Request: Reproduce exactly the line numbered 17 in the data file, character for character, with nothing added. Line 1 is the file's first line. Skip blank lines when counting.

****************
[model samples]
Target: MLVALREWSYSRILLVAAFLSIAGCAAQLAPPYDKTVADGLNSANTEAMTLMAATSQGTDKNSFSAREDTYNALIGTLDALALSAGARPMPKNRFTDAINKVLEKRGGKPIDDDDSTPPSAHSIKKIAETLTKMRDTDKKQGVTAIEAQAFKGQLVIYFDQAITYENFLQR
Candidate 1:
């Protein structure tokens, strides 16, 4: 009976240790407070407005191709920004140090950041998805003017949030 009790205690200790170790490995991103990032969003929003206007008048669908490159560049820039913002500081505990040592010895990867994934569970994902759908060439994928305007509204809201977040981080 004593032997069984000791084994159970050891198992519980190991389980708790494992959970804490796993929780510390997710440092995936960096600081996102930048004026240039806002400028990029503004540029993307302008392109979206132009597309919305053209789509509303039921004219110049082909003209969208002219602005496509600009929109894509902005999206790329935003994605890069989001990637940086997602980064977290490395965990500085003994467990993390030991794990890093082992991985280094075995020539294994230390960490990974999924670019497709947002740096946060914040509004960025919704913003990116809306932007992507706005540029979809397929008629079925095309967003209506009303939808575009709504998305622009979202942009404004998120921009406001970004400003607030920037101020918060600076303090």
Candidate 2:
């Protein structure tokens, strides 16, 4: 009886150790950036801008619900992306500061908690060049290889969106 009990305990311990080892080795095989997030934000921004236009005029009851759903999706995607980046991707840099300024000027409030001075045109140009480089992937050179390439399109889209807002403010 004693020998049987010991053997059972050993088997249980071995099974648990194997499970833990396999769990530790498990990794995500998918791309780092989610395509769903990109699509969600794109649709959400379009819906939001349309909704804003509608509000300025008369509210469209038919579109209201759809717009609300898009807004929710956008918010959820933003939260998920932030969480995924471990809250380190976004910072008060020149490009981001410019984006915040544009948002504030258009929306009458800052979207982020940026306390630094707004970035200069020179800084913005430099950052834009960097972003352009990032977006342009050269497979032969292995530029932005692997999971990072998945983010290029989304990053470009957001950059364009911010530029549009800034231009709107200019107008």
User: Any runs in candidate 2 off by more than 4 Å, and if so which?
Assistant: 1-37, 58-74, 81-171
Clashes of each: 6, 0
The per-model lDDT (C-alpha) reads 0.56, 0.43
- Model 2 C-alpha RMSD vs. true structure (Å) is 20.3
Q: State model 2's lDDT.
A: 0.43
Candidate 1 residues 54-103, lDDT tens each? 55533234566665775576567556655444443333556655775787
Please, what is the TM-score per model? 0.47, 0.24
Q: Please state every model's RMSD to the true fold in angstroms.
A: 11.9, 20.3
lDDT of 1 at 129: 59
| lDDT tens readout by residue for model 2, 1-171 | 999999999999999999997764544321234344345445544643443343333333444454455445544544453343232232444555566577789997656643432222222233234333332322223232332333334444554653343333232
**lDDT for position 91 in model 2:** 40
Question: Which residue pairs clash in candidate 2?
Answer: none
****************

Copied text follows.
A: 11.9, 20.3